The Dangers of Free Hate Speech

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The Dangers of Free Hate Speech

"Unite the Right" rally in Charlottesville.

Anthony Crider- Wikimedia

"Unite the Right" rally in Charlottesville.

Anthony Crider- Wikimedia

Anthony Crider- Wikimedia

"Unite the Right" rally in Charlottesville.

Kimberly Wilson, Opinion Editor

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Hate speech has always been prolific in American society. But the recent willingness of prominent figures to unabashedly engage in hateful rhetoric has made it increasingly acceptable.

Many argue against the condemnation of hate speech, positing that everyone should be allowed to say how they feel without censorship. Even with the First Amendment right protecting freedom of speech in mind, the inherent dangers of propagating false negative ideas about a person or group of people cannot be ignored.

Whether or not hate speech is protected under the First Amendment is a hotly debated topic. Many scholars argue all hate speech is protected under the Constitution unless it is speech that incites violence or results in harm to a person or groups of people.  

With that being said, there’s no shortage of examples of the deadly consequences hate speech can inflict on a society. In the recent attack on a Pittsburgh synagogue where 11 people were killed, the gunman was motivated by an irrational fear and hatred of Jews, undoubtedly linked to the negative rhetoric against minorities in this country.   

In the weeks leading up to the shooting, he posted a slew of anti-semitic remarks on social media. He also claimed Jews were helping the migrant caravans heading towards the US-Mexico border, and he wanted all Jews to “die.”

Once an environment is created where it is acceptable to make disparaging remarks about others, hate will slither closer and closer to becoming a societal norm. The negative and erroneous things said about various groups of people will become ingrained in millions of minds, playing on people’s fears and insecurities and feeding into preconceived notions.

It is impossible to live in a society and not be affected by its dominant ideals. Many people will internalize this negative rhetoric, and it will inevitably affect the way they treat others around them. And when hatred continues to go unchecked, our worst nightmares become our horrifying reality.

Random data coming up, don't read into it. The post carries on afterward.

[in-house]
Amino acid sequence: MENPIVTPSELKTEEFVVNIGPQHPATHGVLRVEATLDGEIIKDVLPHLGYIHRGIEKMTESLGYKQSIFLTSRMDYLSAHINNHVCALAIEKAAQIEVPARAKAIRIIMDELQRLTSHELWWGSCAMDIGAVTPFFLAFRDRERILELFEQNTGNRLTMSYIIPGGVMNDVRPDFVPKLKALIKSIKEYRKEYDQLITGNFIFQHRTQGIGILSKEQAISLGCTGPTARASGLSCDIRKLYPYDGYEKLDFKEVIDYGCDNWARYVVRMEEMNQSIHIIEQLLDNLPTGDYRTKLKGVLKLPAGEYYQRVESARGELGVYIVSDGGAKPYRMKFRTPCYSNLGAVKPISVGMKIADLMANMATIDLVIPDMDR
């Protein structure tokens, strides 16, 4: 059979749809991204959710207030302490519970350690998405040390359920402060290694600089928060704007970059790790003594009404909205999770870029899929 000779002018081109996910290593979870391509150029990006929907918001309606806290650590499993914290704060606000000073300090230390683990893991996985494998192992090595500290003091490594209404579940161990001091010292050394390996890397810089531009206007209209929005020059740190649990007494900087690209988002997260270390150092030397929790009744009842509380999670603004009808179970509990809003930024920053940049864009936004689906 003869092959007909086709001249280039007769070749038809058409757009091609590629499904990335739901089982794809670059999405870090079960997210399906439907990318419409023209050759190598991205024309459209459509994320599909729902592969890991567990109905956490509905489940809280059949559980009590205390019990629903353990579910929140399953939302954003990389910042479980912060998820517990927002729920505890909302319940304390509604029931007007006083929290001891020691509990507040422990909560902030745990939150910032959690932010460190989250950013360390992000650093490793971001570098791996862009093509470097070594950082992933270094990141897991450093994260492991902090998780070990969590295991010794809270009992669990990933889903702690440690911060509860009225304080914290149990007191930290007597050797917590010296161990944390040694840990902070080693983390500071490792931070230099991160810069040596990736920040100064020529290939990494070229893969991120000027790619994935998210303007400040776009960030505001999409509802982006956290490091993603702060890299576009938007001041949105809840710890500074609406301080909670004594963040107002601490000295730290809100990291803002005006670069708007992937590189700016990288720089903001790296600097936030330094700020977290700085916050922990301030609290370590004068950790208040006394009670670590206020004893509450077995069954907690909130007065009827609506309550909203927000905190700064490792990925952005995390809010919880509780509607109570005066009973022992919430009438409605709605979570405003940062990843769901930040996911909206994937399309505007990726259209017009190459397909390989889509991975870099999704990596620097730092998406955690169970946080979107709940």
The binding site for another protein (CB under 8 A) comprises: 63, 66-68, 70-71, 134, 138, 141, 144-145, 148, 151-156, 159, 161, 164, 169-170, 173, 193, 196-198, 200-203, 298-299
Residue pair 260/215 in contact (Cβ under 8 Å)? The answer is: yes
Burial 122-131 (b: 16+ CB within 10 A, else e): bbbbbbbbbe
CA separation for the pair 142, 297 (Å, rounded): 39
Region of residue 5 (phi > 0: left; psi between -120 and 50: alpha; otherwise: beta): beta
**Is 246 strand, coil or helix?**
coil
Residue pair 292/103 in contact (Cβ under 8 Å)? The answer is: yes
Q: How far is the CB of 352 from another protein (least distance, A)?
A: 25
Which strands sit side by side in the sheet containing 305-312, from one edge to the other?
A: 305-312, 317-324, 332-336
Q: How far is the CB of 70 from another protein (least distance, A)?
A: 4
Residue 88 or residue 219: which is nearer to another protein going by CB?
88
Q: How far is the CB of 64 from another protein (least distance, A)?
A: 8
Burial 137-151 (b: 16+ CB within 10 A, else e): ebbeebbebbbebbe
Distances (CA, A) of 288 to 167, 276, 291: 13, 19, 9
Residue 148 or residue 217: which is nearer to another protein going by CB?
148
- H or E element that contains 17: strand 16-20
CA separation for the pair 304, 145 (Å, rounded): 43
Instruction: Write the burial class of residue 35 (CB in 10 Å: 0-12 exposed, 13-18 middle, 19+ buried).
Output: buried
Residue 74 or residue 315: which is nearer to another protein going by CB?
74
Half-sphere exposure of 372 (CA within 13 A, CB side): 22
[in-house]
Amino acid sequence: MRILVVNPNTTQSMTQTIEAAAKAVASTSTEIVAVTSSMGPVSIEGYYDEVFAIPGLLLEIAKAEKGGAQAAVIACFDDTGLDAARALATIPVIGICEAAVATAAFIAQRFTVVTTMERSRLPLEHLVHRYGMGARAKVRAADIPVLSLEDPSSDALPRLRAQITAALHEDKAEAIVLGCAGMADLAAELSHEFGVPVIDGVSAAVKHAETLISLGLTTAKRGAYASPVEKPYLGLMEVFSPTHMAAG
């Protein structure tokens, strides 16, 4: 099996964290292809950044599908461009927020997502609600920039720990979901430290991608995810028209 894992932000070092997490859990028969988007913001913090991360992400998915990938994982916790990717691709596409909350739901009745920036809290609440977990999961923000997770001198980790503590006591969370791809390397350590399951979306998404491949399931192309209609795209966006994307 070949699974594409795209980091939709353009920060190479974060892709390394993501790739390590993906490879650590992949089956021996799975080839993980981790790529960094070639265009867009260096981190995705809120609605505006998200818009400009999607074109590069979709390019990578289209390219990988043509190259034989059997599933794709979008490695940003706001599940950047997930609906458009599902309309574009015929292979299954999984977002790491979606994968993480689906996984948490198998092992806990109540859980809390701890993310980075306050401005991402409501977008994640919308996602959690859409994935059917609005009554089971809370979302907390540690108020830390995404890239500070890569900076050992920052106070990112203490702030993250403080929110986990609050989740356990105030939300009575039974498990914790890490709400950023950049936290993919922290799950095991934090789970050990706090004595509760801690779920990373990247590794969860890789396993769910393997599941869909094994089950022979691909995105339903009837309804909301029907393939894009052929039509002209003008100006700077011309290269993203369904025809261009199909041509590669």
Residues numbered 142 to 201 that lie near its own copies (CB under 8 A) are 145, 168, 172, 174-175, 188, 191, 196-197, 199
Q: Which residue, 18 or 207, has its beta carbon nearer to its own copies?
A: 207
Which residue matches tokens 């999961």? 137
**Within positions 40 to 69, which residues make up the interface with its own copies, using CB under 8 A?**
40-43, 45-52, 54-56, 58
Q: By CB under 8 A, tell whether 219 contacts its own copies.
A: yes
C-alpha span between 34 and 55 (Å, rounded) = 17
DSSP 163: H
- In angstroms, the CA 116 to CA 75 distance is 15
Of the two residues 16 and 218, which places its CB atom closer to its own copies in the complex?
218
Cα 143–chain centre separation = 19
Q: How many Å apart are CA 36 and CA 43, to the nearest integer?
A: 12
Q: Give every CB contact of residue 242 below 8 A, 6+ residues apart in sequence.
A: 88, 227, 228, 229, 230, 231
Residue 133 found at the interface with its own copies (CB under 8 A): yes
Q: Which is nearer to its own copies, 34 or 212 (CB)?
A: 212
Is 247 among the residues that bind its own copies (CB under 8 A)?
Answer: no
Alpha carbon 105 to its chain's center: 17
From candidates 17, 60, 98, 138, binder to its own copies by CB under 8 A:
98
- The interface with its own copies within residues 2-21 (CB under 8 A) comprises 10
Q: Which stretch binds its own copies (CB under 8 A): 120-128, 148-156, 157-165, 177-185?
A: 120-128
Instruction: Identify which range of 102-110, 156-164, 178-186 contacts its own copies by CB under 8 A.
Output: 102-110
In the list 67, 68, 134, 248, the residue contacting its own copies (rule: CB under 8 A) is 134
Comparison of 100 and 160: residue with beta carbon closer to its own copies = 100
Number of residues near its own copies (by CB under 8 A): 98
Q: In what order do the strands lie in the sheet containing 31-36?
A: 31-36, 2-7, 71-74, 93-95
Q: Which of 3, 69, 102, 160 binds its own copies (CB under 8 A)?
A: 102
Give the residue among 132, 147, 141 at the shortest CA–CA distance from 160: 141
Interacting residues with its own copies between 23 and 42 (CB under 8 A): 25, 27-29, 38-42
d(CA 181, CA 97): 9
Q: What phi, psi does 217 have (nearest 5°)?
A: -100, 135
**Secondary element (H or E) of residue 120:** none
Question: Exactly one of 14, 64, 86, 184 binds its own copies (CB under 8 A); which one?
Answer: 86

A recent article in the New York Times by Richard A. Friedman discussed the adverse effects a consistent stream of hate can have on the brain. Friedman cites a study published in the Proceedings of the National Academy of Sciences of the United States of America (PNAS) that showed “threatening language can directly activate the amygdala [the area of the brain that processes threat].” He further explained hearing hateful language “…makes it hard for people to dial down their emotions and think before they act.”  

It is also becoming exceedingly difficult to counter the negative and false narratives that continue to permeate our society. The media is constantly, and falsely, made out to be an unreliable news source by the country’s most powerful individuals, further allowing for the insidious denigration of millions of citizens.

We can’t afford to disregard the strong influence words can have over a population. Many prominent figures are aware of this, and manipulate words deliberately to encourage a divisive and contentious environment. We live in a society in which words have the ability to spur unthinkable actions. To deny this fact would mean being complicit in the endangerment of countless lives.

 

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